He said sending the impeachment case to the Senate for a full trial would have been a "terrible mistake" that would have brought the legislature to a standstill and further divided the country.

Without prejudice

Senators, on the other hand, called on their colleague opposition lawmakers to respect the majority decision to dismiss the impeachment complaint.

But other senators called on the people to take the issue to the streets.

Sen. Juan Ponce Enrile appealed for respect of the House decision to dismiss the complaint.

"If you donít have the votes then you have to be bound by the decision of the majority, without prejudice to your right to seek judicial remedy," Enrile said.

He emphasized the constitutional right of the people to address their grievances in the streets.

"The right of assembly is the right to go to the street provided going to the street complies with all the requirements of the law and itís done peacefully," Enrile said.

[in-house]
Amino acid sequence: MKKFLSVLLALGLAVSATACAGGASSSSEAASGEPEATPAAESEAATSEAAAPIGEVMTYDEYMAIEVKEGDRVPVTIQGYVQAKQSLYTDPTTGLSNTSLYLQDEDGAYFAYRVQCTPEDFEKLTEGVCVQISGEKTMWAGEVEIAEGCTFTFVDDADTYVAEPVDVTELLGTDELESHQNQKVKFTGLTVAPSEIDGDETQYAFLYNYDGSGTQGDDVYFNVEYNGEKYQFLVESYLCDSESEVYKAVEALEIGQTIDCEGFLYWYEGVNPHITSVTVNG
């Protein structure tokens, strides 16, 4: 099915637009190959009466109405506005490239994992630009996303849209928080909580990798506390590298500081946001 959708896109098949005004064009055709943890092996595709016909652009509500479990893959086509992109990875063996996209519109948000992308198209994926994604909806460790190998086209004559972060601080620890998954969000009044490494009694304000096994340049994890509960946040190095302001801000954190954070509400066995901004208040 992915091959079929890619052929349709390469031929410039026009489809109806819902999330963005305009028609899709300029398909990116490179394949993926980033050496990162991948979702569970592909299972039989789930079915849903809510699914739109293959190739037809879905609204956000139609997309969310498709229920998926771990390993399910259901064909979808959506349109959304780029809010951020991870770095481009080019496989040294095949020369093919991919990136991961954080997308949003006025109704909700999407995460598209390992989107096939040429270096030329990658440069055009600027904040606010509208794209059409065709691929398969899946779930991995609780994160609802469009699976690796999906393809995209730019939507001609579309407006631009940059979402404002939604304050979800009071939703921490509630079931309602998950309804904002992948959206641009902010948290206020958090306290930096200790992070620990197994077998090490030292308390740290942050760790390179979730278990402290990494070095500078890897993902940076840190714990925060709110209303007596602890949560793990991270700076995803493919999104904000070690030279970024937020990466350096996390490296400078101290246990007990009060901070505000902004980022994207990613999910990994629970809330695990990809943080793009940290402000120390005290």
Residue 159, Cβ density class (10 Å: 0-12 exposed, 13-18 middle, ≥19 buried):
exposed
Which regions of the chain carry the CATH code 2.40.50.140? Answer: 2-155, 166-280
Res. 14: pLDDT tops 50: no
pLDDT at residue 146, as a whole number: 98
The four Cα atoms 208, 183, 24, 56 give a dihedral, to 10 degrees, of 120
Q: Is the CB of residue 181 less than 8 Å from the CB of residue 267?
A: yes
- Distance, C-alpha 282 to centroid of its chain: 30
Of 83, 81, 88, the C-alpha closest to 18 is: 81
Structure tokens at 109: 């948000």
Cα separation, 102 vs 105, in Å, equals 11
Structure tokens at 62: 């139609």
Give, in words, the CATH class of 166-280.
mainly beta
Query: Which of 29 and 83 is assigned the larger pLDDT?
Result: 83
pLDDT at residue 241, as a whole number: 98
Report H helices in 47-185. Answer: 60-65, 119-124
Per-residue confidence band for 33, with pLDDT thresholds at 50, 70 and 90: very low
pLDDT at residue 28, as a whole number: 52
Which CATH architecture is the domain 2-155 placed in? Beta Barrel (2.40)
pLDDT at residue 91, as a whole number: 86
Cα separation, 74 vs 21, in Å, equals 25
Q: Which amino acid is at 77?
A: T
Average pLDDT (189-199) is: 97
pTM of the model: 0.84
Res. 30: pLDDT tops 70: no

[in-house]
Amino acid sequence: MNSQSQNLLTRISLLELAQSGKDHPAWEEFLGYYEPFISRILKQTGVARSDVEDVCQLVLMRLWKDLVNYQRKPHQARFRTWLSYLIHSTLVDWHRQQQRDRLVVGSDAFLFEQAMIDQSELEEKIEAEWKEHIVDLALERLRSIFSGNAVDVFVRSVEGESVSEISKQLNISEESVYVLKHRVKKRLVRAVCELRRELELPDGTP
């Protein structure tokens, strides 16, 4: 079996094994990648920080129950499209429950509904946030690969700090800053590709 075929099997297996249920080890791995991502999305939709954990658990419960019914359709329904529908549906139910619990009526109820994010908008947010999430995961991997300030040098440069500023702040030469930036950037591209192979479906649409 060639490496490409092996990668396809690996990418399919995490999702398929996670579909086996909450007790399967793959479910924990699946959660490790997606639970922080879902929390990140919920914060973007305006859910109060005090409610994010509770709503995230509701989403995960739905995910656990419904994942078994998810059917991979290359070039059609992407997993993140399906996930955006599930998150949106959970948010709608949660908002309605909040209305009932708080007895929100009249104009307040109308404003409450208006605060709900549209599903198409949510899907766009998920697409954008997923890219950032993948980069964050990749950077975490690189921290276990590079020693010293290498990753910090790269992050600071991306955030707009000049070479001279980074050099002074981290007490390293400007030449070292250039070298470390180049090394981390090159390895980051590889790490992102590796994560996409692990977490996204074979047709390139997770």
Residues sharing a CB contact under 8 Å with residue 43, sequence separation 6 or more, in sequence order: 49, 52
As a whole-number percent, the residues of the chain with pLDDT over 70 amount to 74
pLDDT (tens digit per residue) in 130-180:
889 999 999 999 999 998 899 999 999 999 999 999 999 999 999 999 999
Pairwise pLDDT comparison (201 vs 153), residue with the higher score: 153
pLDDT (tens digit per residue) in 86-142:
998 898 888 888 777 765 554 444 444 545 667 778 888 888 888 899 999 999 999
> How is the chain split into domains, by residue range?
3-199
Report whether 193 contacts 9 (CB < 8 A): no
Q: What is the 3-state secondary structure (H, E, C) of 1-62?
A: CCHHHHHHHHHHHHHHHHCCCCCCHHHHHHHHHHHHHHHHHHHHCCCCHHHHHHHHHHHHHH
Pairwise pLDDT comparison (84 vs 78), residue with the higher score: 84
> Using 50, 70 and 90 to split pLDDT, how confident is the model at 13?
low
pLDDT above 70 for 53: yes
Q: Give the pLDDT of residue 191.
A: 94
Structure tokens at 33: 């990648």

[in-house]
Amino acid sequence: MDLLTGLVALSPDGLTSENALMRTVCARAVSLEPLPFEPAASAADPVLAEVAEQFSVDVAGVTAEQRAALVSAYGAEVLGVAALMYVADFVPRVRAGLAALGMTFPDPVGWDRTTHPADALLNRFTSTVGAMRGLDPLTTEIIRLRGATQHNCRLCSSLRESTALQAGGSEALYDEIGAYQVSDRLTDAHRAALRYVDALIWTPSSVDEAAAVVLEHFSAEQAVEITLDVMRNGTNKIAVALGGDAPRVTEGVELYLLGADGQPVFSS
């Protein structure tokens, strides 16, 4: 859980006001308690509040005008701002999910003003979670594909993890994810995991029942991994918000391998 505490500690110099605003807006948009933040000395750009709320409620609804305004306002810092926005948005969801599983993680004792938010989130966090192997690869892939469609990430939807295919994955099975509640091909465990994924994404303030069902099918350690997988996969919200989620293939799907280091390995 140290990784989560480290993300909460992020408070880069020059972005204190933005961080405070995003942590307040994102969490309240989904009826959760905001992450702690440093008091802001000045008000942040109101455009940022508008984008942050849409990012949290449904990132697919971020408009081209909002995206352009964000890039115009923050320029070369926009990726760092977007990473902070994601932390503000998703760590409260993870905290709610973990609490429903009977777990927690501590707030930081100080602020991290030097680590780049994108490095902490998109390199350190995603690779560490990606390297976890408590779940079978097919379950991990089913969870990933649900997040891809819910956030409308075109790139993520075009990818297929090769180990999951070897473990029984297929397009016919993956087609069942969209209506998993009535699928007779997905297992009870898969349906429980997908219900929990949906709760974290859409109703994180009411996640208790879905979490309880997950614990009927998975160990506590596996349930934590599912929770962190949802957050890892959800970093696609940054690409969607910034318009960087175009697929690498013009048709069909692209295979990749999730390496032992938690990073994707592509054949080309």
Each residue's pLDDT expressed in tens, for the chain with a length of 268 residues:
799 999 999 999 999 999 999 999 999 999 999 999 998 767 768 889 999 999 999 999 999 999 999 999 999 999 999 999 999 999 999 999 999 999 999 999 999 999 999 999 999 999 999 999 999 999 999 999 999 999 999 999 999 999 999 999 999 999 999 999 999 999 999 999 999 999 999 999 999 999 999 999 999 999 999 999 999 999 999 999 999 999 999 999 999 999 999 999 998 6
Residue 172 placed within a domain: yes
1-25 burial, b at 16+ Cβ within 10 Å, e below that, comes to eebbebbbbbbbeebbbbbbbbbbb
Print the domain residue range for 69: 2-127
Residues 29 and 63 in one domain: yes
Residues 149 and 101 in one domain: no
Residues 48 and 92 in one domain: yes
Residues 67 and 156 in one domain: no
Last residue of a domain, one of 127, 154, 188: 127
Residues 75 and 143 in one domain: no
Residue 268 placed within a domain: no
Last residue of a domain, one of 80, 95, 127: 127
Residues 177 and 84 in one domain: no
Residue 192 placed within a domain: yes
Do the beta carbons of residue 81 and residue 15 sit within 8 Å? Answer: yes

Senators Edgardo Angara and Miriam Defensor-Santiago likewise called on opposition lawmakers and anti-Arroyo groups to respect the outcome of the process.

"If they believe in the process, they should accept whatever the outcome of that process. Otherwise, thatís not democracy," Angara said.

Since the impeachment process is a numbers game, Angara said, "it is (but) natural for both camps to exert pressure to influence the outcome of the votes."

Santiago, for her part, also urged the public to accept the decision of the House since they were given the option on what rules of impeachment to be adopted.